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Lottery operator Camelot says money for a seat buying scheme has not been diverted from not-for-profit arts activities. 

London Palladium, pictured, will host a panto benefitting from the seat buying scheme

Darren Glanville

Profits from National Lottery games that help subsidise public arts will fund a seat buying scheme for commercial venues.

Lottery operator Camelot says it does not yet know how much the partnership with pantomime producing company Qdos will cost. 

The initiative to buy seats that must remain empty for social distancing is part of 'Operation Sleeping Beauty', Culture Secretary Oliver Dowden's plan to make Christmas pantomimes viable for producers. It is hoped that up to 250,000 people will be able to attend such a show in December and January.


This plan is still on despite the latest lockdown. The five productions announced by Qdos thus far - Pantoland at the London Palladium, Sleeping Beauty in Manchester and Southampton, and Robin Hood in Bristol and Newcastle - do not open until December 12 at the earliest, after the lockdown is planned to end.

It is not clear how many other productions will benefit, in part because many have already cancelled their pantos this year. A Camelot spokesperson was unable to say how many productions would take part in the scheme, how long they would run for, and how many seats each would need funded to run performances safely.

"The aim, however, is to try to open theatres to get as many people to see panto, safely, as possible."

If lockdown restrictions persist and shows cannot go ahead, Camelot says Qdos will ensure 20,000 free tickets reserved for National Lottery players are made available for a different future production instead.

A Qdos representative said more shows will be announced soon, but did not respond to questions about how many seats must be bought and sold for productions to be viable.

Paper trail

Lottery funding is usually reserved for not-for-profit and social enterprise initiatives rather than commerical ventures.

Camelot says the seat buying scheme will be financed by a National Lottery "promotional fund". This fund is drawn from "a very small proportion of ticket sales" reserved from draw-based games like Lotto and EuroMillions that normally contribute to funding good causes like the arts.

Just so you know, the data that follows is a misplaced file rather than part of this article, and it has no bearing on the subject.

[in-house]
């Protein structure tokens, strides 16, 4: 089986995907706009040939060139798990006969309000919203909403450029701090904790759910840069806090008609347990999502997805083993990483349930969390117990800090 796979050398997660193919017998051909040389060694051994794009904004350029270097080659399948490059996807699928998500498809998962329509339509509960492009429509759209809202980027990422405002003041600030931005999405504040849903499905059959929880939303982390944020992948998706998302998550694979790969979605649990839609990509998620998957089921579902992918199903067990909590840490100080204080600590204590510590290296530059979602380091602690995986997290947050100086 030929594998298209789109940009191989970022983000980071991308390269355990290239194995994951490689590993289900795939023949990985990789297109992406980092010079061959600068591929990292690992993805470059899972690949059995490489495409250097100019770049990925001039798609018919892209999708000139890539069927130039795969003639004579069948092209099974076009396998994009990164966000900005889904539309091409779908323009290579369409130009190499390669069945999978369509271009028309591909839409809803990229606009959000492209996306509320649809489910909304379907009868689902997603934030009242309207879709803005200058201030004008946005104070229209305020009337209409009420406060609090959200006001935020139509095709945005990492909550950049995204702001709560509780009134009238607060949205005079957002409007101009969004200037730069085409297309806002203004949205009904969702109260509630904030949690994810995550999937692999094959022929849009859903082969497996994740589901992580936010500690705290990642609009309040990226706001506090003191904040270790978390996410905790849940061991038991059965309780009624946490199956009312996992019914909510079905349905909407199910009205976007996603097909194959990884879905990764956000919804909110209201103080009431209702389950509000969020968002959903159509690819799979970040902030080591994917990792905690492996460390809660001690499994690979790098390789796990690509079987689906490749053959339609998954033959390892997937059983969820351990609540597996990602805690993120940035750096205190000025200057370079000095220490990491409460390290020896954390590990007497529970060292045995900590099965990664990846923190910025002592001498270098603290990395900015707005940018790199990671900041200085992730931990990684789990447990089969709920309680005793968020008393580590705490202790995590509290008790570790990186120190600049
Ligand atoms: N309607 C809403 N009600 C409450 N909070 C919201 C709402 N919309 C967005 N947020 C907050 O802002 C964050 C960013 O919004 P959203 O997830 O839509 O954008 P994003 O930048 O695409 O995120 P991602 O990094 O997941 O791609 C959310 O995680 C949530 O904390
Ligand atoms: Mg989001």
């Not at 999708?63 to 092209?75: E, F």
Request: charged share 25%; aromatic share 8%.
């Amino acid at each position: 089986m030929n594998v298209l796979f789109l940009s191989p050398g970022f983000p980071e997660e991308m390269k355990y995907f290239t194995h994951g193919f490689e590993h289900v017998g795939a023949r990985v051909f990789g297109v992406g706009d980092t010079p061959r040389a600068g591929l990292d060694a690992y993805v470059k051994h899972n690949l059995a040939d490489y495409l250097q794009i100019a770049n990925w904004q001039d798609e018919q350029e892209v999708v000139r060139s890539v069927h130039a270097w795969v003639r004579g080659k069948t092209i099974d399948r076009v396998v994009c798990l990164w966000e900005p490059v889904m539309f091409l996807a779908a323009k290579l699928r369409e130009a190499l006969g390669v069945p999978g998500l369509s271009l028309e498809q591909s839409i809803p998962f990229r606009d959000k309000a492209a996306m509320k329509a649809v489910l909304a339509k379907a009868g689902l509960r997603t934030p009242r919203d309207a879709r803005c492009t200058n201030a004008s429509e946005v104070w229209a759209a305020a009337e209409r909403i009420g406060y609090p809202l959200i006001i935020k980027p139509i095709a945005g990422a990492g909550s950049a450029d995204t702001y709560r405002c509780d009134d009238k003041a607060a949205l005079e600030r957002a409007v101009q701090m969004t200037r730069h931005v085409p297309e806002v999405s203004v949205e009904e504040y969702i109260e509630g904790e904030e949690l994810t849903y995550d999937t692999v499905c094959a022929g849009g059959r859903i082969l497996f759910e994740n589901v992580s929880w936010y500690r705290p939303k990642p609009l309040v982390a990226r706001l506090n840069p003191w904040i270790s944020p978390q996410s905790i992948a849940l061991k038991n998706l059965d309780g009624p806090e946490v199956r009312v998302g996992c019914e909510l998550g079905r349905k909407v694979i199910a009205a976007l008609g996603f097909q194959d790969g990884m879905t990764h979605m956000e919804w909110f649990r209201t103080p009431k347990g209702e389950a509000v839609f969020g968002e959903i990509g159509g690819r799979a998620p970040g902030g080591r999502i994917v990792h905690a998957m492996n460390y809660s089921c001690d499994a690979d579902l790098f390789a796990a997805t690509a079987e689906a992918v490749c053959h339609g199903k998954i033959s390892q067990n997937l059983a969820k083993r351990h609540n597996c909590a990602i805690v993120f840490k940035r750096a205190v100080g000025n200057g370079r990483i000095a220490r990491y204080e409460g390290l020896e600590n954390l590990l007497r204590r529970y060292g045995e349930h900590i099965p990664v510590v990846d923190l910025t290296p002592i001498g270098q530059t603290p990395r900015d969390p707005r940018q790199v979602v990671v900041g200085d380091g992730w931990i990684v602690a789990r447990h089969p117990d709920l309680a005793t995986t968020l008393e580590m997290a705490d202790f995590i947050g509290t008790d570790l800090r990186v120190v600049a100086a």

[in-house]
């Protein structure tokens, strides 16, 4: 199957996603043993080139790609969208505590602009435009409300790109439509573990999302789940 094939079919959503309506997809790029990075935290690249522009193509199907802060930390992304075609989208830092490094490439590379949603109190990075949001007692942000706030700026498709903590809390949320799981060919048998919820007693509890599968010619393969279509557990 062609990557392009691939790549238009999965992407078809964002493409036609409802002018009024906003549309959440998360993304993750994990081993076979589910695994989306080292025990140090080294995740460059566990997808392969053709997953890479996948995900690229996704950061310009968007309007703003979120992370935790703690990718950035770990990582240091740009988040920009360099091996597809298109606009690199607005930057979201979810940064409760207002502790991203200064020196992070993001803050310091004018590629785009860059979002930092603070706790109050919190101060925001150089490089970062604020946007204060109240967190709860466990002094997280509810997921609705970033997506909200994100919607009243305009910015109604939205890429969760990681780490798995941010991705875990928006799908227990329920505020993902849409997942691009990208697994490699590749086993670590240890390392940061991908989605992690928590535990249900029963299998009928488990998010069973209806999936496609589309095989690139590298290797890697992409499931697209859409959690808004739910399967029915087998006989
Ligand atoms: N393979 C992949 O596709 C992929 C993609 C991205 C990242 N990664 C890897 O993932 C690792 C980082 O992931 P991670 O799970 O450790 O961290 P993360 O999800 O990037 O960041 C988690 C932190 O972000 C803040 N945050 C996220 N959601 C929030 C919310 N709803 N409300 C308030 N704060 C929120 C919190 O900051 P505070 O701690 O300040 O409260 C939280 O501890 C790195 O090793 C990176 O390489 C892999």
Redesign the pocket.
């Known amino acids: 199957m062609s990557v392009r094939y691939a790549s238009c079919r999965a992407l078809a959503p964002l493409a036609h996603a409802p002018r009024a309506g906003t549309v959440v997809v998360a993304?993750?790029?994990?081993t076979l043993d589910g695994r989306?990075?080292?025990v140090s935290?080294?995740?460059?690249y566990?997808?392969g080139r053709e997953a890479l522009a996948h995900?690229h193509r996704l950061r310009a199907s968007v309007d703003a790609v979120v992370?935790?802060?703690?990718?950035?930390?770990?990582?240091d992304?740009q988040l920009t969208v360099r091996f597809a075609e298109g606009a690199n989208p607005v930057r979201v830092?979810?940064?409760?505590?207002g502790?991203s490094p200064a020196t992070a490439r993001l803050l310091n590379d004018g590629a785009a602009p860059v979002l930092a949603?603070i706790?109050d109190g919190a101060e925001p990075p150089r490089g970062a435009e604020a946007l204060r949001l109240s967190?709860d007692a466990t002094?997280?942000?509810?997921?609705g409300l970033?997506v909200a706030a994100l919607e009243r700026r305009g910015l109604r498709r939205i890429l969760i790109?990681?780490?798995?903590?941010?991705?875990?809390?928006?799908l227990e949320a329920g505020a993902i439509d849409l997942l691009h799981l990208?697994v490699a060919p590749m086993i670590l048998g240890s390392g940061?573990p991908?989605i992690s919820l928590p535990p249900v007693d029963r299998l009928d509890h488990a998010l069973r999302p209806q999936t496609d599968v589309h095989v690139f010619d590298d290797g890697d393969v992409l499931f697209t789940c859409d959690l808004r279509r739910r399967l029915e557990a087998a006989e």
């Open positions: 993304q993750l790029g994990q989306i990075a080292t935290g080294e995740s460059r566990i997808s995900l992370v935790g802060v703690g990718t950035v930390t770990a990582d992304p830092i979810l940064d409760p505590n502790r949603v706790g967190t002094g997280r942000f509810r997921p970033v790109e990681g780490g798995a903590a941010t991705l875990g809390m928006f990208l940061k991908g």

This fund has previously been used for other commercial partnerships like National Lottery Cinema Day - "so this type of initiative is nothing new," a spokesperson said.

Spokespeople for the operator said the seat buying scheme was not directly being paid for by Good Causes funding or Lottery prize money.

Nor is it coming out of Camelot's marketing budget, which last year received £56.6m that would have otherwise been added to its Good Causes fund.

Annual accounts for the year to March 31 2020 show Camelot took the money from Good Causes - 20% of which is later distributed to the arts - to boost its existing £83.8m marketing budget, claiming it was necessary to "support the long term health of the National Lottery" and increase returns to Good Causes over time.

It made the same argument in 2018/19 when £39m was diverted from Good Causes for marketing purposes.

Licence renewal

Camelot was granted a six month extension on its operating licence in June after the tender process for the next licence was delayed due to Covid-19.

Camelot has operated the lottery since it first began in 1994 and has expressed interest in continuing to do so.

It may face competition from Czech gaming company Sazka Group and Indian lotteries operator Sugal and Damani, which have also completed the first step of the tendering process, according to gaming news website IGB.

The winner is due to be announced in February and assume operation of the lottery in 2023.

A parliamentary inquiry will consider the terms of the new licence and how it can raise more money for Good Causes amid rising competition from society lotteries.